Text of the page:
“The University doesn’t want to recognize unions or their bargaining power, because of how they change the power dynamics,” Legallet said. “For any group looking to unionize, the University is not friendly to that.”
Rapid recognition despite opposition
Authority Metadata Librarian Jamie Carlstone, a member of the library union’s Organizing Committee, started working at NU in fall 2019, shortly before the University began pandemic-related austerity measures.
Since then, library workers have faced furloughs, slashed benefits and lost retirement matching funds. Carlstone said her benefits were cut seven months into her new job.
“It’s a very destabilizing feeling, and then I just felt really horrible for my colleagues,” Carlstone said. “Some people (who) had been there for decades (were) getting furloughed … it was really demoralizing.”
Workers began planning and building the union during their free time, Carlstone said. When they went public more than a year later, she said the movement already had strong support from library workers.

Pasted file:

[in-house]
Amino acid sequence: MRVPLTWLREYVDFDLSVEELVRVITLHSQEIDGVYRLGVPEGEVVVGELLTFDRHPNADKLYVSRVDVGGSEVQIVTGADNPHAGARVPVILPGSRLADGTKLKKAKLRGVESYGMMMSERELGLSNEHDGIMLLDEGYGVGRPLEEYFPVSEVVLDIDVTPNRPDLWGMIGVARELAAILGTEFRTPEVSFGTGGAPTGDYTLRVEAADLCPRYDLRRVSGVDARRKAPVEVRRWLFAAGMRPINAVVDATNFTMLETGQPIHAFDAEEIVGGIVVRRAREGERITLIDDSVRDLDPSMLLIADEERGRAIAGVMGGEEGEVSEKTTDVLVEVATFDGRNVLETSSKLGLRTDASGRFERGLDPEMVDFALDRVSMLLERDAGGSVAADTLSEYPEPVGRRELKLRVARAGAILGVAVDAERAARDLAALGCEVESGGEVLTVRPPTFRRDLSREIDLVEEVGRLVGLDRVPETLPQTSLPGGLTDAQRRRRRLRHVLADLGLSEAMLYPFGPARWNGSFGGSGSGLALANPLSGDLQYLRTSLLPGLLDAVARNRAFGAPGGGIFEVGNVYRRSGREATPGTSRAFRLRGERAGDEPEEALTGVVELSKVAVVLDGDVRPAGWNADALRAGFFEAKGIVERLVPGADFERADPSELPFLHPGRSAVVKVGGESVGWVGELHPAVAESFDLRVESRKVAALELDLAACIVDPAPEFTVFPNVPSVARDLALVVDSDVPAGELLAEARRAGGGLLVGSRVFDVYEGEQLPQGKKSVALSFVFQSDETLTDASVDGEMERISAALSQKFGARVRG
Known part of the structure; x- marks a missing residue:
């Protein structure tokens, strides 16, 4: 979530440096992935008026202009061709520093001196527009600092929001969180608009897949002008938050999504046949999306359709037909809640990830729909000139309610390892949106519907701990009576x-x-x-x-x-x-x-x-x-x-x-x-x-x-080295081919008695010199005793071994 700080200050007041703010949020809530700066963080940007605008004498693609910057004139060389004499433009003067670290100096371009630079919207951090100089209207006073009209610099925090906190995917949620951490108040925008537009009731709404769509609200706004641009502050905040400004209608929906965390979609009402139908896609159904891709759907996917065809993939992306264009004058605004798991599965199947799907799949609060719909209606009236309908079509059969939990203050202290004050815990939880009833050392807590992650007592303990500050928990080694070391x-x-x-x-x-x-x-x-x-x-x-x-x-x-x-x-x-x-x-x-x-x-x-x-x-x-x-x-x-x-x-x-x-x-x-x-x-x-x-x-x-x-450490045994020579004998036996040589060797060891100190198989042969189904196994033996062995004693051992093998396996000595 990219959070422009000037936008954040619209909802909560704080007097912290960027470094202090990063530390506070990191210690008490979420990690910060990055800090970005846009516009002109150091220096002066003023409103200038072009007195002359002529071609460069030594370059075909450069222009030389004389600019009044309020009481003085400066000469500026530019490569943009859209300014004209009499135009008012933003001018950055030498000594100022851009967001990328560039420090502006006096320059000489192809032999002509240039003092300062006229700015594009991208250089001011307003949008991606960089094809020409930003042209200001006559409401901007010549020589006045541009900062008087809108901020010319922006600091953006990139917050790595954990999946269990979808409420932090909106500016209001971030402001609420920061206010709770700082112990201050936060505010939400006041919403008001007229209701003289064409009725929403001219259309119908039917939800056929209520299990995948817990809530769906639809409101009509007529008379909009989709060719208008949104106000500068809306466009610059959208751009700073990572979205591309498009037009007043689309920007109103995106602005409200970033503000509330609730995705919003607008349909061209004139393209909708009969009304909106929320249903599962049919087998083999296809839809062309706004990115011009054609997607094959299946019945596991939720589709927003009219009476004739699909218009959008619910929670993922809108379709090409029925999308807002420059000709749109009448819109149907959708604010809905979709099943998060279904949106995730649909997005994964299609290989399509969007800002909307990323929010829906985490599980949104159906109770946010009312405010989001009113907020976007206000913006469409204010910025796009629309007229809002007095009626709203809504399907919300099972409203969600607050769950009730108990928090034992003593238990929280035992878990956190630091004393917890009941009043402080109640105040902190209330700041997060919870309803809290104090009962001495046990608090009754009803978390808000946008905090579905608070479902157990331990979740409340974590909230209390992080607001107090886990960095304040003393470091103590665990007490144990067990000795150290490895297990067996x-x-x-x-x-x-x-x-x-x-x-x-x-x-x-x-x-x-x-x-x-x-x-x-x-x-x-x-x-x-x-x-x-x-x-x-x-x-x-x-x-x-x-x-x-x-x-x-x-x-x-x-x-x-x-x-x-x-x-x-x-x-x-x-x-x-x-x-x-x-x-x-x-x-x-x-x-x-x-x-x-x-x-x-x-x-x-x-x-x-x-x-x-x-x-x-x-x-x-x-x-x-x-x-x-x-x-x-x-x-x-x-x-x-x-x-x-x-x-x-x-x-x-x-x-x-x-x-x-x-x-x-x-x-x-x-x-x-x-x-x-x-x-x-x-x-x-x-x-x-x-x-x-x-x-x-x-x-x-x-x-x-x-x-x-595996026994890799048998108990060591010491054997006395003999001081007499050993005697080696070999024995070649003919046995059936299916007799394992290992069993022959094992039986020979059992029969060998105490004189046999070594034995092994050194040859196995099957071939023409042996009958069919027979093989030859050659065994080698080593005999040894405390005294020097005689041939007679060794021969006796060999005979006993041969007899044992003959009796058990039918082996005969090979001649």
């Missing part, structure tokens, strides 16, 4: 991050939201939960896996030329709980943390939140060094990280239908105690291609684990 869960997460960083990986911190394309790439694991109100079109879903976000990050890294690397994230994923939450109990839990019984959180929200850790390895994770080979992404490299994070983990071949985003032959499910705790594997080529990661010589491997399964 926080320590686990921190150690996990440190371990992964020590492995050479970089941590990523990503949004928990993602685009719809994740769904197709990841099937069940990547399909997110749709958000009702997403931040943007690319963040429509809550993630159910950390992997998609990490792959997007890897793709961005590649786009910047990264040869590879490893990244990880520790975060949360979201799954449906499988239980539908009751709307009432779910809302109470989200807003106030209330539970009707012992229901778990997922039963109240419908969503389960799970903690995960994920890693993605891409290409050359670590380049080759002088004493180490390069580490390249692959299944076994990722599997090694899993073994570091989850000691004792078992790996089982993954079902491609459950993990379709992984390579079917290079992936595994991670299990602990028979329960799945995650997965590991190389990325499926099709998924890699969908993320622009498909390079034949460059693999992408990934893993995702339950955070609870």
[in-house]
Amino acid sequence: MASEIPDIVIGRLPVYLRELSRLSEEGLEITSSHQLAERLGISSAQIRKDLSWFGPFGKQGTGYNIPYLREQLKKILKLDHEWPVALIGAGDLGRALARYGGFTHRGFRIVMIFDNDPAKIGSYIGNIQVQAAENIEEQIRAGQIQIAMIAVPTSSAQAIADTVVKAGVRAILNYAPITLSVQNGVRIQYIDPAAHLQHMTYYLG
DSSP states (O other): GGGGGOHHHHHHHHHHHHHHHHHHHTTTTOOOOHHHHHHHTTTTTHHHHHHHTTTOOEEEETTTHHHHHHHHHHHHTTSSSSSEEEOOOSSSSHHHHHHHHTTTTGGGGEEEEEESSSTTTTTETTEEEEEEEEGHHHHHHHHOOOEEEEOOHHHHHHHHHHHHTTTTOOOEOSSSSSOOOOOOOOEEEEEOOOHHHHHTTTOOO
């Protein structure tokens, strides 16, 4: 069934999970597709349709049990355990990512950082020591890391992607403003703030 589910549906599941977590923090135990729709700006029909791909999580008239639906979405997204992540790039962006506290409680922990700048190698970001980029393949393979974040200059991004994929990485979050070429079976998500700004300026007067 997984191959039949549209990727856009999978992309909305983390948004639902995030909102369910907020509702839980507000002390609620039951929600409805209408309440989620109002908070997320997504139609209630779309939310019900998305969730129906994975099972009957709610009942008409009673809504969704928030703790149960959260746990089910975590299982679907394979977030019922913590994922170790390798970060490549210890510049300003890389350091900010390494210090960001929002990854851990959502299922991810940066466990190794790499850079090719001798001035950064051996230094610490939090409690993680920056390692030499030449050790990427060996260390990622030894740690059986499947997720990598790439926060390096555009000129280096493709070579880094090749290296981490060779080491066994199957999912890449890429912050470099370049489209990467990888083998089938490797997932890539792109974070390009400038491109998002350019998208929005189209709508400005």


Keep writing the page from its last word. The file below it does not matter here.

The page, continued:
A library worker, who asked to remain anonymous out of privacy concerns, said he had never received direct communication from the Provost’s Office in his 20 years working at NU Libraries until fall 2021.
Within a week of the library workers publicizing their unionization efforts, the worker said he received an email from the provost. He said it stated the University understood the workers had a right to unionize, but she emphasized NU valued its “direct relationship” with them.
“We’ve been asking for more money to support our services and to expand our collections for years and been ignored,” he said. “It’s not until we organize ourselves that you actually pay attention to us, and then you tell us, ‘You don’t need to organize yourselves for us to pay attention to you.’”